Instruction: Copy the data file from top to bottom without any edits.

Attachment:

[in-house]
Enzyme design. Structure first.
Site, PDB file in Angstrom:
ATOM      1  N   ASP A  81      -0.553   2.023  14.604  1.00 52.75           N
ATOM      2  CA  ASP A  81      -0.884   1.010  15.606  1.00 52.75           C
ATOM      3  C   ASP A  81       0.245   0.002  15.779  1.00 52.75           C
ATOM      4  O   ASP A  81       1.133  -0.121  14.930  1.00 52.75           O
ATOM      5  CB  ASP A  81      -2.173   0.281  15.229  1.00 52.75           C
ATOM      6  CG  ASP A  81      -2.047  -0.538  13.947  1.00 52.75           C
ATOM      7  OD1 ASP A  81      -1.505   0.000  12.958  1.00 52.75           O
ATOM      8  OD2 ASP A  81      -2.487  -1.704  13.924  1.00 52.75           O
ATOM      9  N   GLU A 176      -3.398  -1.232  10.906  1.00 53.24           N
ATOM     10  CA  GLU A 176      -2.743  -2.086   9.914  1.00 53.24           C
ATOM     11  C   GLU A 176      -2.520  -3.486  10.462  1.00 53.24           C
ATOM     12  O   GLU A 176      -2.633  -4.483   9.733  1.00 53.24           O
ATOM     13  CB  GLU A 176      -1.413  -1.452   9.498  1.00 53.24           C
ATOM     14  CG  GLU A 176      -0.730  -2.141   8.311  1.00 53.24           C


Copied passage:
[in-house]
Enzyme design. Structure first.
Site, PDB file in Angstrom:
ATOM      1  N   ASP A  81      -0.553   2.023  14.604  1.00 52.75           N
ATOM      2  CA  ASP A  81      -0.884   1.010  15.606  1.00 52.75           C
ATOM      3  C   ASP A  81       0.245   0.002  15.779  1.00 52.75           C
ATOM      4  O   ASP A  81       1.133  -0.121  14.930  1.00 52.75           O
ATOM      5  CB  ASP A  81      -2.173   0.281  15.229  1.00 52.75           C
ATOM      6  CG  ASP A  81      -2.047  -0.538  13.947  1.00 52.75           C
ATOM      7  OD1 ASP A  81      -1.505   0.000  12.958  1.00 52.75           O
ATOM      8  OD2 ASP A  81      -2.487  -1.704  13.924  1.00 52.75           O
ATOM      9  N   GLU A 176      -3.398  -1.232  10.906  1.00 53.24           N
ATOM     10  CA  GLU A 176      -2.743  -2.086   9.914  1.00 53.24           C
ATOM     11  C   GLU A 176      -2.520  -3.486  10.462  1.00 53.24           C
ATOM     12  O   GLU A 176      -2.633  -4.483   9.733  1.00 53.24           O
ATOM     13  CB  GLU A 176      -1.413  -1.452   9.498  1.00 53.24           C
ATOM     14  CG  GLU A 176      -0.730  -2.141   8.311  1.00 53.24           C